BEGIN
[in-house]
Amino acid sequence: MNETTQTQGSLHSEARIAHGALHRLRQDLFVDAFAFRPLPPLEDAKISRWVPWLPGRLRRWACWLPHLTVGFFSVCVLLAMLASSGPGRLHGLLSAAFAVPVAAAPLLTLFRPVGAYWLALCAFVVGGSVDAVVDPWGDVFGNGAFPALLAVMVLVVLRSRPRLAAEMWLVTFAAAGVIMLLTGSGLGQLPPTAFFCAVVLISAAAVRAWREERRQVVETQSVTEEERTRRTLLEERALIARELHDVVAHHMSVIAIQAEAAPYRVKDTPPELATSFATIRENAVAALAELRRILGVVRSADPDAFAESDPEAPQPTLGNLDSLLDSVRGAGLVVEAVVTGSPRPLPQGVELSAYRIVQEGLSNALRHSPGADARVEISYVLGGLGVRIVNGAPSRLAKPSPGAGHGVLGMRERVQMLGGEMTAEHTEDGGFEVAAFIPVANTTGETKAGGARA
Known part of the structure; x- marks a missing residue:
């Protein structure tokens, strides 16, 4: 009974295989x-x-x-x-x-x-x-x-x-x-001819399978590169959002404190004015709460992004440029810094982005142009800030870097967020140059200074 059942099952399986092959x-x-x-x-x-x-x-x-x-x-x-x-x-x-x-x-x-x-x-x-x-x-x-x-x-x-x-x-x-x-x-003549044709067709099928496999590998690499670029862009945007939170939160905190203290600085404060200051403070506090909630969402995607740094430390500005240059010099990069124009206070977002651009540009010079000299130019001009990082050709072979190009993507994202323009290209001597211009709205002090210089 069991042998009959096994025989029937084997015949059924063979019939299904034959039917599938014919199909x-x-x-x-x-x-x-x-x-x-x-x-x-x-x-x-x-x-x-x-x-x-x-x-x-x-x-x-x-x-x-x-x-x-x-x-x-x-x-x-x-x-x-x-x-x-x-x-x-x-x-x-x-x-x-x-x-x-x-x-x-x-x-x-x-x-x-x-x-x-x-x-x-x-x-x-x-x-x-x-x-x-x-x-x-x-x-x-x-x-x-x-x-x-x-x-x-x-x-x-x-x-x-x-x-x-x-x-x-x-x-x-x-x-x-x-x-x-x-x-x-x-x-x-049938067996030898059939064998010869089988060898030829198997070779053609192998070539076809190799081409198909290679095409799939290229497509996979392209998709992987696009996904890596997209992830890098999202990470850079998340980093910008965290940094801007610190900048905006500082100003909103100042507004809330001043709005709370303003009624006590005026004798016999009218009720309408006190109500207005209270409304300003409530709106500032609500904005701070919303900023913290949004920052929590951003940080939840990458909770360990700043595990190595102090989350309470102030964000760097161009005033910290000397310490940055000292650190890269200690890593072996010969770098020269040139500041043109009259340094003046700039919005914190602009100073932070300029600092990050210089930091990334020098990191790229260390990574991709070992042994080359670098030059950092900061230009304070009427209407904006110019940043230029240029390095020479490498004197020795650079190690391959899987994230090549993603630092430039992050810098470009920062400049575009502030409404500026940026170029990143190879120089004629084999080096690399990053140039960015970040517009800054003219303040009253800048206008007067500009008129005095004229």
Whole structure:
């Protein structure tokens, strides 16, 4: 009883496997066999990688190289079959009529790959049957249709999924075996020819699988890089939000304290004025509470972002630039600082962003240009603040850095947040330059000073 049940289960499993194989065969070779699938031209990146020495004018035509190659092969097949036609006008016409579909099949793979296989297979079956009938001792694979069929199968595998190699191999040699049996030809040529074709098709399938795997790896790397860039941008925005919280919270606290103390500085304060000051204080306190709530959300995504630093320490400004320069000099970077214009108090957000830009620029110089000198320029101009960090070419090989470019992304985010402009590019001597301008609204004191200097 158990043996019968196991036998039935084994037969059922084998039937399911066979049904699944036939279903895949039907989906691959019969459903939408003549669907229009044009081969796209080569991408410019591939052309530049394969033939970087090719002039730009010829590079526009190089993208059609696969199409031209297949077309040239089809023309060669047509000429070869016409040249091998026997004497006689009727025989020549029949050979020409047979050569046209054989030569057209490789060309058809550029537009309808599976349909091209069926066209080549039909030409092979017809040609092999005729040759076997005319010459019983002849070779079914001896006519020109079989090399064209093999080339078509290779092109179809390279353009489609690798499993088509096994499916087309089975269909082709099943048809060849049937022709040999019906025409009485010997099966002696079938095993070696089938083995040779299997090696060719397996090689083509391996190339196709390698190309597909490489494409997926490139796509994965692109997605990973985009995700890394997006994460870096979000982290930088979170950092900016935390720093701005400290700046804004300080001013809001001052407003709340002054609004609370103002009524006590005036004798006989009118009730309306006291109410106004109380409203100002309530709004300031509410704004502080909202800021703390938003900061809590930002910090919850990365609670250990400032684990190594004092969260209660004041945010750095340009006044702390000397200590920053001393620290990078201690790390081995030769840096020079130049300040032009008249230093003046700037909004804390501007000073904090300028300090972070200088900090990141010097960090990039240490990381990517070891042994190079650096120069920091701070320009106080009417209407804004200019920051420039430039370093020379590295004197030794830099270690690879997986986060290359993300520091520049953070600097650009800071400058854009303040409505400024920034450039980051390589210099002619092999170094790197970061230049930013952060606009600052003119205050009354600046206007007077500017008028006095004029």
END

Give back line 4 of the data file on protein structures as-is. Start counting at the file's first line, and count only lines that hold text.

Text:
């Protein structure tokens, strides 16, 4: 009974295989x-x-x-x-x-x-x-x-x-x-001819399978590169959002404190004015709460992004440029810094982005142009800030870097967020140059200074 059942099952399986092959x-x-x-x-x-x-x-x-x-x-x-x-x-x-x-x-x-x-x-x-x-x-x-x-x-x-x-x-x-x-x-003549044709067709099928496999590998690499670029862009945007939170939160905190203290600085404060200051403070506090909630969402995607740094430390500005240059010099990069124009206070977002651009540009010079000299130019001009990082050709072979190009993507994202323009290209001597211009709205002090210089 069991042998009959096994025989029937084997015949059924063979019939299904034959039917599938014919199909x-x-x-x-x-x-x-x-x-x-x-x-x-x-x-x-x-x-x-x-x-x-x-x-x-x-x-x-x-x-x-x-x-x-x-x-x-x-x-x-x-x-x-x-x-x-x-x-x-x-x-x-x-x-x-x-x-x-x-x-x-x-x-x-x-x-x-x-x-x-x-x-x-x-x-x-x-x-x-x-x-x-x-x-x-x-x-x-x-x-x-x-x-x-x-x-x-x-x-x-x-x-x-x-x-x-x-x-x-x-x-x-x-x-x-x-x-x-x-x-x-x-x-x-049938067996030898059939064998010869089988060898030829198997070779053609192998070539076809190799081409198909290679095409799939290229497509996979392209998709992987696009996904890596997209992830890098999202990470850079998340980093910008965290940094801007610190900048905006500082100003909103100042507004809330001043709005709370303003009624006590005026004798016999009218009720309408006190109500207005209270409304300003409530709106500032609500904005701070919303900023913290949004920052929590951003940080939840990458909770360990700043595990190595102090989350309470102030964000760097161009005033910290000397310490940055000292650190890269200690890593072996010969770098020269040139500041043109009259340094003046700039919005914190602009100073932070300029600092990050210089930091990334020098990191790229260390990574991709070992042994080359670098030059950092900061230009304070009427209407904006110019940043230029240029390095020479490498004197020795650079190690391959899987994230090549993603630092430039992050810098470009920062400049575009502030409404500026940026170029990143190879120089004629084999080096690399990053140039960015970040517009800054003219303040009253800048206008007067500009008129005095004229």